Of course not all service and repairs take place at the dealer or use OE parts. That’s why DTNA is making a major push in its all-makes and value truck parts business, with a renewed focus on its Alliance Truck Parts brand and a team dedicated to that effort.

“We understand we need to substantially up our game in the value side of truck parts,” Kurschner said. While Alliance Truck Parts is a recognized brand name, he said, the company now aims to make it the leading brand in the value parts market.

Noting that the parts business is a $30 billion plus market, according to MacKay & Company, John Finn, DTNA director of aftermarket marketing, explained that the company sees the opportunity to go after the entire parts business, not just the OE parts market.

“We want to be the one-stop parts solution,” Finn said.

To help with that goal, Alliance Truck Parts is growing its product lines from the current 52 to more than 80. More than 15 new product lines from Alliance Truck Parts are scheduled to launch over the next several months, such as collision-repair parts, shocks, and filters.  This is on top of 10 product lines already added in the past year, such as steel wheels, as well as Alliance Powertrain by Mascot remanufactured powertrain parts.

Alliance Truck Parts has been busy adding product lines and plans to offer at least 80.
 - Photo by Deborah Lockridge

Alliance Truck Parts has been busy adding product lines and plans to offer at least 80.

Photo by Deborah Lockridge

In addition, working with its dealers, Alliance is opening new retail locations, both as a store-within-a-store in dealerships and at stand-alone locations. Daimler execs explained that there are some customers who simply don’t look to dealerships for their parts. And stand-alone retail locations make sense in areas where customers need parts but there’s not enough demand for a full service dealership. There are three of these stand-alone stores open so far, and another dozen in the works.

To help give customers the best experience buying Alliance truck parts, DTNA partnered with experts in retail sales to develop these new stores.

Also in the works at Alliance Truck Parts for next year are new digital tools –“a new emphasis on digital like I haven’t seen in my 24 years,” Finn said, including a new retail-focused website that will give customers easy access to information on things like dimensions, weight, and useful life of a part. In addition, parts salespeople at dealers will have easy digital access to 1-page product guides giving them information they need to answer customer questions, and a new mobile app coming out later this year that also will offer information on Alliance parts.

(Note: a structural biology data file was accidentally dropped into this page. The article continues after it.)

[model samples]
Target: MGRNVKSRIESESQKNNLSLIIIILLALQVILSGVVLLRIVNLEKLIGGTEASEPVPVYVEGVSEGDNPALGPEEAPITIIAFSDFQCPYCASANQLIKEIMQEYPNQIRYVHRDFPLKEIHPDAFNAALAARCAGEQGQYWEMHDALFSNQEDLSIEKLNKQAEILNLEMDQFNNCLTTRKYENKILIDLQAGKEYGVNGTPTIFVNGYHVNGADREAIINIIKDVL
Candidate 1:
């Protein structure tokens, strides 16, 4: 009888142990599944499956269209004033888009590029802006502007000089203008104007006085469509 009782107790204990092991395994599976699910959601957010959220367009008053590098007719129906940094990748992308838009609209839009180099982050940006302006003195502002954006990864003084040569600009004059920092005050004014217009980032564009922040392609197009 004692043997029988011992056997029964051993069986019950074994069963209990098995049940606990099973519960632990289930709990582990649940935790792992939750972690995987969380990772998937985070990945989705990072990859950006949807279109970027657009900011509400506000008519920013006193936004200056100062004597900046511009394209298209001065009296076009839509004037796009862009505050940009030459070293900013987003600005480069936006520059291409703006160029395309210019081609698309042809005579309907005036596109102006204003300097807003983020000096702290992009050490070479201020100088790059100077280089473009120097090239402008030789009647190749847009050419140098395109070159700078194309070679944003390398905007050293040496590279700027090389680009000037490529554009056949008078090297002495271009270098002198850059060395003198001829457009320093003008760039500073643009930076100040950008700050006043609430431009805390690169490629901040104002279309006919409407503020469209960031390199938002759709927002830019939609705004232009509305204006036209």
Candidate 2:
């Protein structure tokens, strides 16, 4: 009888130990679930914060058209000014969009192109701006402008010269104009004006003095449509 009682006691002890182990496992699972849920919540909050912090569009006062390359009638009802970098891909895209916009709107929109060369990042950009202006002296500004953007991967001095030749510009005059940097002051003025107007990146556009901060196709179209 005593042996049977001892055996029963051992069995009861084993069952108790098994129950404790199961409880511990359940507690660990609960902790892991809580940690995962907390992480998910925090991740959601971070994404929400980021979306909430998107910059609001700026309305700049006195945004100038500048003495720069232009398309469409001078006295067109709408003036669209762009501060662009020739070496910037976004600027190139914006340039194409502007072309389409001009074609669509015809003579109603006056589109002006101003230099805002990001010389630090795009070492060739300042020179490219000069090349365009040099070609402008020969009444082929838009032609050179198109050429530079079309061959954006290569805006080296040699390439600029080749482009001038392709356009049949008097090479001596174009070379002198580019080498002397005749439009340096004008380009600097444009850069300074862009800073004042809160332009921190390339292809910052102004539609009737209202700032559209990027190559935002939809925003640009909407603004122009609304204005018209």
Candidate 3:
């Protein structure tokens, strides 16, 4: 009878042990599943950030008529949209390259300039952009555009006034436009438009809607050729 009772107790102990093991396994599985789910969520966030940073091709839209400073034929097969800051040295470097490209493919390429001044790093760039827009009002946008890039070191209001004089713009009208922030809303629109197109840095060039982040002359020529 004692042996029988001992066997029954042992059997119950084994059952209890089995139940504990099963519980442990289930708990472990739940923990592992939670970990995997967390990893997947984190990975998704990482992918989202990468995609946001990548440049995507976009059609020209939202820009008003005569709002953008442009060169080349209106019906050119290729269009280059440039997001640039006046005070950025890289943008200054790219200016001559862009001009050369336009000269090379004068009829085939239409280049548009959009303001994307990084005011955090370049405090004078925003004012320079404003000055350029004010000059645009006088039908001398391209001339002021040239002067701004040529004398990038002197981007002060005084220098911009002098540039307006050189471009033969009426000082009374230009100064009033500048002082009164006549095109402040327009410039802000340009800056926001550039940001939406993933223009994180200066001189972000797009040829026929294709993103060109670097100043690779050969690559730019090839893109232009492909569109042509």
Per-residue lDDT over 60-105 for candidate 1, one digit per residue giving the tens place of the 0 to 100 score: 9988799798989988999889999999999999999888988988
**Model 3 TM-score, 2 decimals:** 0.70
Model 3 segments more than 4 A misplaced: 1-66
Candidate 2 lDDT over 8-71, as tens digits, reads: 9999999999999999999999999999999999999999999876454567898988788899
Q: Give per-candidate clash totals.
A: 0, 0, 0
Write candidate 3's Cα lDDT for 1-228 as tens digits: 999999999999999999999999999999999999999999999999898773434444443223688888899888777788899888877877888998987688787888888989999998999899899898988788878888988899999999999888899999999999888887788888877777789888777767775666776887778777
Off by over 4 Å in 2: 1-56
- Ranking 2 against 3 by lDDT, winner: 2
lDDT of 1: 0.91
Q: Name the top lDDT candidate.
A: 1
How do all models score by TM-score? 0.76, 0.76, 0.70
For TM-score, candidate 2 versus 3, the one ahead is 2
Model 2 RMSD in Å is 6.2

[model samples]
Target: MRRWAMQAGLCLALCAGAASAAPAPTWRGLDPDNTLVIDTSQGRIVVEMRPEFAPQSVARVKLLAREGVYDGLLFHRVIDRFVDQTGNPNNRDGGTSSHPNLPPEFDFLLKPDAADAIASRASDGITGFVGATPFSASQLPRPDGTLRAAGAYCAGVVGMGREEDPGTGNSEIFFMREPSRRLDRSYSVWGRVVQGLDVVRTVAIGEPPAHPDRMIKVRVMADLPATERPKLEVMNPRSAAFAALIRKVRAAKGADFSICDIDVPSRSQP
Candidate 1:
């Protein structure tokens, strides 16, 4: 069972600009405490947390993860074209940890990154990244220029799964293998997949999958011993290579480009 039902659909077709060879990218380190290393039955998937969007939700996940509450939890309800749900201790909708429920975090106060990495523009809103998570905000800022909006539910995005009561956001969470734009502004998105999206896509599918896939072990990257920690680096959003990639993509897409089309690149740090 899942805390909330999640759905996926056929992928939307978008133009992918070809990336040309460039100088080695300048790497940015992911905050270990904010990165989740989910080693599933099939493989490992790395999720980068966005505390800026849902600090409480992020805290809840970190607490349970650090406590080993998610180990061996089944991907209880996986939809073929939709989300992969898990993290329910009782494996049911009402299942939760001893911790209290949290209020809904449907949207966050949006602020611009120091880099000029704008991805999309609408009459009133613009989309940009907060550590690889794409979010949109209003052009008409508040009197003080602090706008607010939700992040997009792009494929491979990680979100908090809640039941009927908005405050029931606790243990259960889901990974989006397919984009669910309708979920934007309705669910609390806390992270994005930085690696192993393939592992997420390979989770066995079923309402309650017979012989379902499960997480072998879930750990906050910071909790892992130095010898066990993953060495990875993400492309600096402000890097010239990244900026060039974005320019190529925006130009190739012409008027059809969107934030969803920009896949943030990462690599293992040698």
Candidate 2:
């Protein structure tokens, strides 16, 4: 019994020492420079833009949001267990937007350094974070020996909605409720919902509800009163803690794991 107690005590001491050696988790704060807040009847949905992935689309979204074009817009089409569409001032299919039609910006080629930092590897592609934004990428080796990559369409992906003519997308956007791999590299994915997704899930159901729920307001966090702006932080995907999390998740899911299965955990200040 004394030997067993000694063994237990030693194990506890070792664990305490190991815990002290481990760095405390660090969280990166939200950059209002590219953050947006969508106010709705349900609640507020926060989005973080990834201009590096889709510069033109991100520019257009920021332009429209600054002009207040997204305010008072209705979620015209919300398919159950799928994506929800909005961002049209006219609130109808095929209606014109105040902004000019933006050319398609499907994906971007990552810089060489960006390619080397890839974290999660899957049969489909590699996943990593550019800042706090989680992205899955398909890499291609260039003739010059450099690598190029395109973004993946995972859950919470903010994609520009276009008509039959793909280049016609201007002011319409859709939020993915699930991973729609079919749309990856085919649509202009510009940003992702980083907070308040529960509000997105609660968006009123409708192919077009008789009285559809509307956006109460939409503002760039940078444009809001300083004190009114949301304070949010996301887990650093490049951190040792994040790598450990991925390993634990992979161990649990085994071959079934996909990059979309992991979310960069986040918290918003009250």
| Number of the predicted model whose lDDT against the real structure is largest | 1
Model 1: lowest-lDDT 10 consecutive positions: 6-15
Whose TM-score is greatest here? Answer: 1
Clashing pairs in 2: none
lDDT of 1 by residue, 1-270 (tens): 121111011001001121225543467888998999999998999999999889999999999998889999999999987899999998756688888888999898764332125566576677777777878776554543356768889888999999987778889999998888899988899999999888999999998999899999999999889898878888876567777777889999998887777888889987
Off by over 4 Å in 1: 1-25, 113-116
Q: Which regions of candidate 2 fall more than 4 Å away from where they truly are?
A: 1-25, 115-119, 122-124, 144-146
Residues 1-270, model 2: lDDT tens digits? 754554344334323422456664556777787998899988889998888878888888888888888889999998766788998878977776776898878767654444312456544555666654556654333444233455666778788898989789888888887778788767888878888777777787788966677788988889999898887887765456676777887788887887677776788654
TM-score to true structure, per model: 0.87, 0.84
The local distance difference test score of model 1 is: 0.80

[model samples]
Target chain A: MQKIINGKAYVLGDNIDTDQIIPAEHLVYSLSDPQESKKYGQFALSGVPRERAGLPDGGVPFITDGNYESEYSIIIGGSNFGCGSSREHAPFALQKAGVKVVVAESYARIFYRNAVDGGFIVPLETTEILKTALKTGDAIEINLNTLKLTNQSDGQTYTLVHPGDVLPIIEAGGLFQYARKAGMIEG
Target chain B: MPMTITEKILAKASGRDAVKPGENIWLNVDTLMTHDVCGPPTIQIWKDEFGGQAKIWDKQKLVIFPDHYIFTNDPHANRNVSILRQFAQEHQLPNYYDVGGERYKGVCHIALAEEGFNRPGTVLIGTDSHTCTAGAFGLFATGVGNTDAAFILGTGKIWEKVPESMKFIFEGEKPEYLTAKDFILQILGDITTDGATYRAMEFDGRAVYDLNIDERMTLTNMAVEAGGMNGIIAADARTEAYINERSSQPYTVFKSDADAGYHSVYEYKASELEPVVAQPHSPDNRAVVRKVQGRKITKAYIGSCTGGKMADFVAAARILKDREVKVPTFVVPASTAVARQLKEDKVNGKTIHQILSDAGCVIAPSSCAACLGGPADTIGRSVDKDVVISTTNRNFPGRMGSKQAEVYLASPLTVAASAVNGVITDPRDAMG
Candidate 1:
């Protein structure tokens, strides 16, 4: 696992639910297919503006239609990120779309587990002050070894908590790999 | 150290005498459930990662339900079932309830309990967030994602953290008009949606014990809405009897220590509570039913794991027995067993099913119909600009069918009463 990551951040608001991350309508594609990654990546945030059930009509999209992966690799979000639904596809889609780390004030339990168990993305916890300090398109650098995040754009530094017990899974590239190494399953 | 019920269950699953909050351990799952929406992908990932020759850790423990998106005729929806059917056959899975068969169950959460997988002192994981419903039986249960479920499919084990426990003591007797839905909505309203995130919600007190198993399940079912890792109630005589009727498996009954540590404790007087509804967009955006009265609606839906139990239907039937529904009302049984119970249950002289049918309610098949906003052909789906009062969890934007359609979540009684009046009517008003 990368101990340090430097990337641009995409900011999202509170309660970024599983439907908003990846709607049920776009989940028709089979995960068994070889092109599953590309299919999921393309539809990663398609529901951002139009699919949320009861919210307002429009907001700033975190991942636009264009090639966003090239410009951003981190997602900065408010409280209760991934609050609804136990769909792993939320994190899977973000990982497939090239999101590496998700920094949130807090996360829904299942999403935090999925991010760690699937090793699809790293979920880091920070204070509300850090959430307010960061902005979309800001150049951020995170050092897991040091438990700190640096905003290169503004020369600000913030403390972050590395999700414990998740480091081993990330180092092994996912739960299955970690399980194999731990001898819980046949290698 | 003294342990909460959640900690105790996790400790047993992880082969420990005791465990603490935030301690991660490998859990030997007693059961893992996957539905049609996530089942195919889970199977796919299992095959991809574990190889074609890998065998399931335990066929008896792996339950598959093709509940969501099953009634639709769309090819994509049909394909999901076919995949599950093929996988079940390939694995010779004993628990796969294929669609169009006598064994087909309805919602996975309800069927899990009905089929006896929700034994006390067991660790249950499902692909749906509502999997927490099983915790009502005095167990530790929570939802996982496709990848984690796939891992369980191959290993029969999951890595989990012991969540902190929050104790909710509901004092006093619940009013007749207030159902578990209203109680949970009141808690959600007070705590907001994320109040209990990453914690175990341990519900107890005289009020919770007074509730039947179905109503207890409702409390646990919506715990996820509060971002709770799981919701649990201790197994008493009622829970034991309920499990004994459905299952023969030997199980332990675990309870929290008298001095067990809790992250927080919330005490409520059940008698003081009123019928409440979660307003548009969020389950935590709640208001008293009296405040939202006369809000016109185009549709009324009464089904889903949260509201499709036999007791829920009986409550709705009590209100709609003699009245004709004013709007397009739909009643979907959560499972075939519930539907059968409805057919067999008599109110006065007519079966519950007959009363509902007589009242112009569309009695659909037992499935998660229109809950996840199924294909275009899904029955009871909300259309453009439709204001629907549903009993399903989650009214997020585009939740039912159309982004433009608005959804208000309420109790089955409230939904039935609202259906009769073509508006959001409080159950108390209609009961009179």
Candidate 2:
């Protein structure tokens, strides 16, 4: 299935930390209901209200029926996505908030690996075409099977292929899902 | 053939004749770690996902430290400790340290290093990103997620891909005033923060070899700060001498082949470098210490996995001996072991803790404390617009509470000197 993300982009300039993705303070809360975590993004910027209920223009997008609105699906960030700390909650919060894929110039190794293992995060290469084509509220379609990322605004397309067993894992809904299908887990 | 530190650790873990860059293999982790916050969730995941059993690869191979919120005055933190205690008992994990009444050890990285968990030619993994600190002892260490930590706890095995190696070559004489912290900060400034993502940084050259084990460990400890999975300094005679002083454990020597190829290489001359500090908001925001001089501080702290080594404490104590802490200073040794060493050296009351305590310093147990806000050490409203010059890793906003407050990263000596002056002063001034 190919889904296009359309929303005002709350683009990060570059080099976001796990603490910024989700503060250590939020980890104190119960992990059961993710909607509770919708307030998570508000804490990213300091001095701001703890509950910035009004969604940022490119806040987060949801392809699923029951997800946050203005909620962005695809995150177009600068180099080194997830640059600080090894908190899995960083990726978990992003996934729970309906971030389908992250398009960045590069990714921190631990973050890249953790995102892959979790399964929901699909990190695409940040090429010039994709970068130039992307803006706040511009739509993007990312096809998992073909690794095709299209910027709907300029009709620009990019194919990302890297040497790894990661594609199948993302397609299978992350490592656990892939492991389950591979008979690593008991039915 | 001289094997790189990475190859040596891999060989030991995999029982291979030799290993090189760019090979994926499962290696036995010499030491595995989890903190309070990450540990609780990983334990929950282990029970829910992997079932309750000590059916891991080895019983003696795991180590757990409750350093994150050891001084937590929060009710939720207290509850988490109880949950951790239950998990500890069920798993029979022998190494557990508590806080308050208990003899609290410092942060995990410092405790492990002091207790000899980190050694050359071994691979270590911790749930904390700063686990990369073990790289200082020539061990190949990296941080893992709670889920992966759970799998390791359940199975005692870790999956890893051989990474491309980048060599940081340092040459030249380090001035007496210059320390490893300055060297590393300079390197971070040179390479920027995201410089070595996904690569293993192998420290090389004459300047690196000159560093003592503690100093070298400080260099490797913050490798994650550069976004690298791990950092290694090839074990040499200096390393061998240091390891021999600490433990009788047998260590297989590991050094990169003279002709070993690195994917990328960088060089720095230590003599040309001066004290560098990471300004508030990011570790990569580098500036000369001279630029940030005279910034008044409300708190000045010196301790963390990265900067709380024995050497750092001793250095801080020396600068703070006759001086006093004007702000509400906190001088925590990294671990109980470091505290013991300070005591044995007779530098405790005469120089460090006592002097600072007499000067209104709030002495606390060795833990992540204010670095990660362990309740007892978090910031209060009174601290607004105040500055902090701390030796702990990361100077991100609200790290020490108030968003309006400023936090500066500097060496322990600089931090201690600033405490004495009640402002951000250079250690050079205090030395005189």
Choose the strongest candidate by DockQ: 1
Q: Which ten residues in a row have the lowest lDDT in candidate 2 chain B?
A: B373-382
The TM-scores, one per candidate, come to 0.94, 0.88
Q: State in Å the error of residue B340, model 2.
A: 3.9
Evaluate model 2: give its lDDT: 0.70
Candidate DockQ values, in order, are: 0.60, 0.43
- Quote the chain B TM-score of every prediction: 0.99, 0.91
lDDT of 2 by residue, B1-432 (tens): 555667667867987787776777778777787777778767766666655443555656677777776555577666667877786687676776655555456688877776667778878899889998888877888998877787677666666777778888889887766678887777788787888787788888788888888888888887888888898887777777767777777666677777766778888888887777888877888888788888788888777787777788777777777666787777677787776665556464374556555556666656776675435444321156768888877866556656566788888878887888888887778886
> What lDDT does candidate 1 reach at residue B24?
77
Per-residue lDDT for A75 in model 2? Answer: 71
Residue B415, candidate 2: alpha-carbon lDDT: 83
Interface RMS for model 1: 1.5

DTNA aftermarket chief Stefan Kurschner explains the company's parts and service initiatives to reporters in California.
 - Photo by Deborah Lockridge

DTNA aftermarket chief Stefan Kurschner explains the company's parts and service initiatives to reporters in California.

Photo by Deborah Lockridge

Kurschner explained that value parts provide a good value for the price for customers that may not want or need a part that’s going to last 10 years. And not only is there the traditional competition to consider, but also increasing competition from online parts sales – although right now, more than half of truck parts sales are still conducted over the phone, he said.

But when asked about current market share position vs. its goals, Kurschner explained that those numbers are complicated – there’s no central repository like there is for truck sales. “I I can tell you we are not number one, that we know. We know we have room to grow.” He also explained that it’s not just about wanting to be number one; with DTNA holding the lion’s share of the Class 8 market in the U.S., he noted, “we have the obligation to bring parts and service to our customers.”


Related: DTNA Predicts Year of High Truck Sales, Technology Advancements

Originally posted on Trucking Info